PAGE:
Pico in the Wild: Replacing Passwords, One Site at a Time

The Pico team have just returned from Paris, where Kat Krol presented at both EuroS&P and the affiliated EuroUSEC workshop on usable security. Pico is an ERC-funded project, led by Frank Stajano, to liberate humanity from passwords. It lets you log into devices and websites without having to remember any secrets. It relies on “something … Continue reading Pico in the Wild: Replacing Passwords, One Site at a Time

Pico part III: Making Pico psychologically acceptable to the everyday user

Many users are willing to sacrifice some security to gain quick and easy access to their services, often in spite of advice from service providers. Users are somehow expected to use a unique password for every service, each sufficiently long and consisting of letters, numbers, and symbols. Since most users do not (indeed, cannot) follow … Continue reading Pico part III: Making Pico psychologically acceptable to the everyday user

Pico part II: What’s wrong with QR code password replacement schemes, and how to fix them!

Users don’t want to authenticate, they want to do useful or enjoyable things like sending emails, ordering groceries or playing games. To alleviate the burden of having to type passwords, Pico and several other schemes, such as SQRL and tiQR, let the user simply scan a QR code; then a cryptographic protocol authenticates the user … Continue reading Pico part II: What’s wrong with QR code password replacement schemes, and how to fix them!

Pico part I: Russian hackers stole a billion passwords? True or not, with Pico you wouldn’t worry about it.

In last week’s news (August 2014) we heard that Russian hackers stole 1.2 billion passwords. Even though such claims sound somewhat exaggerated, and not correlated with a proportional amount of fraudulent access to user accounts, password compromise is always a pain for the web sites involved—more so when it causes direct reputation damage by having … Continue reading Pico part I: Russian hackers stole a billion passwords? True or not, with Pico you wouldn’t worry about it.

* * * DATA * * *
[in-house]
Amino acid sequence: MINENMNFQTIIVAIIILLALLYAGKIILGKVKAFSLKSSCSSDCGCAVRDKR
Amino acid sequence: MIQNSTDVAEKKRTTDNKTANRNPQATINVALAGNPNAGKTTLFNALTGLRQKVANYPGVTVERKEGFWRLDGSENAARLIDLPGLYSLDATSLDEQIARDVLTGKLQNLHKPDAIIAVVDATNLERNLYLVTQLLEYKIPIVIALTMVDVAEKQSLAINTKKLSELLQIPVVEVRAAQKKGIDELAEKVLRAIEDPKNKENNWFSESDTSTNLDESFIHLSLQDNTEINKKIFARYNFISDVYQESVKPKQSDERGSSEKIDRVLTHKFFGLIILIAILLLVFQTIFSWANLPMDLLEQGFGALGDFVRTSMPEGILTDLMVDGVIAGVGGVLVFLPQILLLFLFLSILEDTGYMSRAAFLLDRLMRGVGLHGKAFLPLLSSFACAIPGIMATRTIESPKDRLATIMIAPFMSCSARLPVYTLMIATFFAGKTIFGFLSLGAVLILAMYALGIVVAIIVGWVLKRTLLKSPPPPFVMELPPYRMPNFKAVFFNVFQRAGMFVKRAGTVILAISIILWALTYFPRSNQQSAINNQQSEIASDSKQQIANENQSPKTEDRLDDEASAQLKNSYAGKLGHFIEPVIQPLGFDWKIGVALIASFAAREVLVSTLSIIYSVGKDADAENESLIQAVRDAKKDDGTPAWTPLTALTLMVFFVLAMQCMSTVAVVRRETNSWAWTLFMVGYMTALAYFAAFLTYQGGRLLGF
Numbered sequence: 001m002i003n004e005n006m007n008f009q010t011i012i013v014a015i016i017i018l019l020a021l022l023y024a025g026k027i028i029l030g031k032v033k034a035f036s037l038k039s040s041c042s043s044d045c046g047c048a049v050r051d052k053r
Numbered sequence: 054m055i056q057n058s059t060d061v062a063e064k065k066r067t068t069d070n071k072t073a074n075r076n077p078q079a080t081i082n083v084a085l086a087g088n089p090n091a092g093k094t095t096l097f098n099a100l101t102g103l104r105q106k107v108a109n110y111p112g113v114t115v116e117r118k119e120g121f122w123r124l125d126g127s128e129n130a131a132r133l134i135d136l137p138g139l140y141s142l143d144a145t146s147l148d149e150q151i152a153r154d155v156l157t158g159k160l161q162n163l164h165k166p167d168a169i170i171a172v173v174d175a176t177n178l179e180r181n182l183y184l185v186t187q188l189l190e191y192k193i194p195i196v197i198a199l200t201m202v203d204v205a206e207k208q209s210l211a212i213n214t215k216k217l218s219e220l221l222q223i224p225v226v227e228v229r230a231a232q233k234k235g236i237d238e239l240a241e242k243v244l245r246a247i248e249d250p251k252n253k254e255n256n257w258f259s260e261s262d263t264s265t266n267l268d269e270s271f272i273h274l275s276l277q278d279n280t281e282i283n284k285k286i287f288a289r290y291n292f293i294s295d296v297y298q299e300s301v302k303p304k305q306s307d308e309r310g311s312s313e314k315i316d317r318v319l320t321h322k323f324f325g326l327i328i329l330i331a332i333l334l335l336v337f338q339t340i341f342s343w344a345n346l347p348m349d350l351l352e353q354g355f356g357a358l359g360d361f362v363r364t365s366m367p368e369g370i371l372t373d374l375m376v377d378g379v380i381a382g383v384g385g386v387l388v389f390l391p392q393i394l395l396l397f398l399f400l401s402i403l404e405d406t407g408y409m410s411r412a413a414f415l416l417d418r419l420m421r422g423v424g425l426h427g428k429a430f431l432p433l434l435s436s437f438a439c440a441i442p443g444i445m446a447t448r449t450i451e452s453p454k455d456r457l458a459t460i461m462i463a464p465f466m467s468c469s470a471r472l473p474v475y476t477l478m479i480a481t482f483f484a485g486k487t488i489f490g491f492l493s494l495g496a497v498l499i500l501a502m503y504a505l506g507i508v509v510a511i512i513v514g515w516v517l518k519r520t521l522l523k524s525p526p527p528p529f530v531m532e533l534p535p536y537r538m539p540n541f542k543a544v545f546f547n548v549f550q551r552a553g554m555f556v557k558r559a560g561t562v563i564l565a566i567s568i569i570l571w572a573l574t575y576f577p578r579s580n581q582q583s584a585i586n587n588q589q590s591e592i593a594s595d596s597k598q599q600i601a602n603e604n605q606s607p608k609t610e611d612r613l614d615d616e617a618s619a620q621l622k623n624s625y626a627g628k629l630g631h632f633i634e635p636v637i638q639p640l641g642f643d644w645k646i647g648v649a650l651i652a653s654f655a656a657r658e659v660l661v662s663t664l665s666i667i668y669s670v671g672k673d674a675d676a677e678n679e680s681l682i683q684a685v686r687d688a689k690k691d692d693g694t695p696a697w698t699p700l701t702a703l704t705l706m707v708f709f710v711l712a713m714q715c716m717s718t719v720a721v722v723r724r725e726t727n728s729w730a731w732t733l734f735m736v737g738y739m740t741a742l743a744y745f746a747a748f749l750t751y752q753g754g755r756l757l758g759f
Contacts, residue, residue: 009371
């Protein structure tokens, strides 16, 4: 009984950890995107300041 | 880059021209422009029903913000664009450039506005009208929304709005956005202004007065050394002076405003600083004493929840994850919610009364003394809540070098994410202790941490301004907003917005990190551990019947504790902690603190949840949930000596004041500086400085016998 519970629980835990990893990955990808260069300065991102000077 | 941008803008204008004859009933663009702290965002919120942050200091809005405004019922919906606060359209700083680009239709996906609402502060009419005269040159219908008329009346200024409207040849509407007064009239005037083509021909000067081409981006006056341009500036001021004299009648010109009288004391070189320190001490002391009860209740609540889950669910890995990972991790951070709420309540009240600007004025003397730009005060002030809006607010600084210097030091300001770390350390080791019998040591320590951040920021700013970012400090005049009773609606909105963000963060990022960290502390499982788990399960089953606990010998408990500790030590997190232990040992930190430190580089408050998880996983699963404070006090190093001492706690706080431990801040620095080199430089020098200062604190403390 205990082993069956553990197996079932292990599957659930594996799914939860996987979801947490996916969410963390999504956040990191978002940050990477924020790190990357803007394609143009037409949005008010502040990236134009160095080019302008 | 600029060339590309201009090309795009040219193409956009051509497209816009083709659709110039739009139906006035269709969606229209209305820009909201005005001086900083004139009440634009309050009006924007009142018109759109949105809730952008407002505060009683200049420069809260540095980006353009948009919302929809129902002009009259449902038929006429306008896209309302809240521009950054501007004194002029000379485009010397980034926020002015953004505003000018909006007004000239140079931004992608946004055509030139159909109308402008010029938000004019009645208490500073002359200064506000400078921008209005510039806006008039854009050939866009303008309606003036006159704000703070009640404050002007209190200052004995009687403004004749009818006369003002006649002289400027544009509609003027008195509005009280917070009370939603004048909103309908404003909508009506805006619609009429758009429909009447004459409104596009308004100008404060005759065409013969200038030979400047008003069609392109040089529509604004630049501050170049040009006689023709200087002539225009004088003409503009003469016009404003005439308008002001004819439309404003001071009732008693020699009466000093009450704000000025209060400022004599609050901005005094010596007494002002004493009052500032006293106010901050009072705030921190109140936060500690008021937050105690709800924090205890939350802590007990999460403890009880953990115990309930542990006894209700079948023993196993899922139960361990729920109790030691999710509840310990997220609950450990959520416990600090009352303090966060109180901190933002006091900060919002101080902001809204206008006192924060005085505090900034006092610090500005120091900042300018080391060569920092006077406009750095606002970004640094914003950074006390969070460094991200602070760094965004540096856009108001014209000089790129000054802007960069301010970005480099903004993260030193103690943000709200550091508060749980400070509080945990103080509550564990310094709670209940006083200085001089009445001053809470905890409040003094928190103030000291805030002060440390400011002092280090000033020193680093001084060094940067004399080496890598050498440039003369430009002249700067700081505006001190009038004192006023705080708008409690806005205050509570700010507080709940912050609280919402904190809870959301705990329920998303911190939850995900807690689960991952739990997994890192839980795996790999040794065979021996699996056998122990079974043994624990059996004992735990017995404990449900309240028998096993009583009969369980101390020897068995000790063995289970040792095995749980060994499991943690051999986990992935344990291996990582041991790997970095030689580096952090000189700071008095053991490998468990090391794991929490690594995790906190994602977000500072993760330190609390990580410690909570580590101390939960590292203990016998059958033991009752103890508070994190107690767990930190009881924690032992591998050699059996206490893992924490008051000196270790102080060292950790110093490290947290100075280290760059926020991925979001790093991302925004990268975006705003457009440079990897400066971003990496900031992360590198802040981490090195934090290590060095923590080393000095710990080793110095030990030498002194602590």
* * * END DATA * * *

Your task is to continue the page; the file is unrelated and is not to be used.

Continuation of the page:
Pico: no more passwords (at Usenix Security)

The usability community has long complained about the problems of passwords (remember the Adams and Sasse classic). These days, even our beloved XKCD has something to say about the difficulties of coming up with a password that is easy to memorize and hard to brute-force. The sensible strategy suggested in the comic, of using a … Continue reading Pico: no more passwords (at Usenix Security)

Pico: no more passwords!

Passwords are no longer acceptable as a security mechanism. The arrogant security people ask users that passwords be memorable, unguessable, high entropy, all different and never written down. With the proliferation of the number of passwords and the ever-increasing brute-force capabilities of modern computers, passwords of adequate strength are too complicated for human memory, especially … Continue reading Pico: no more passwords!

Three exciting job openings in security usability

We are looking for three more people to join the Cambridge security group. Two job adverts, intended for postgrads or postdocs, are already out now. A third one, specifically aimed at a final year undergraduate or master student, strong on programming but with no significant work experience, is currently making its way through the HR … Continue reading Three exciting job openings in security usability

Why password managers (sometimes) fail

We are asked to remember far too many passwords. This problem is most acute on the web. And thus, unsurprisingly, it is on the web that technical solutions have had most success in replacing users’ ad hoc coping strategies. One of the longest established and most widely adopted technical solutions is a password manager: software … Continue reading Why password managers (sometimes) fail

Job opening: post-doctoral researcher in usable security

(post UPDATED with new job opening) I am delighted to announce a job opening in the Cambridge Security Group. Thanks to generous funding from the European Research Council I am in a position to recruit several post-doc research associates to work with me on the Pico project, whose ambitious aim is ultimately to liberate the … Continue reading Job opening: post-doctoral researcher in usable security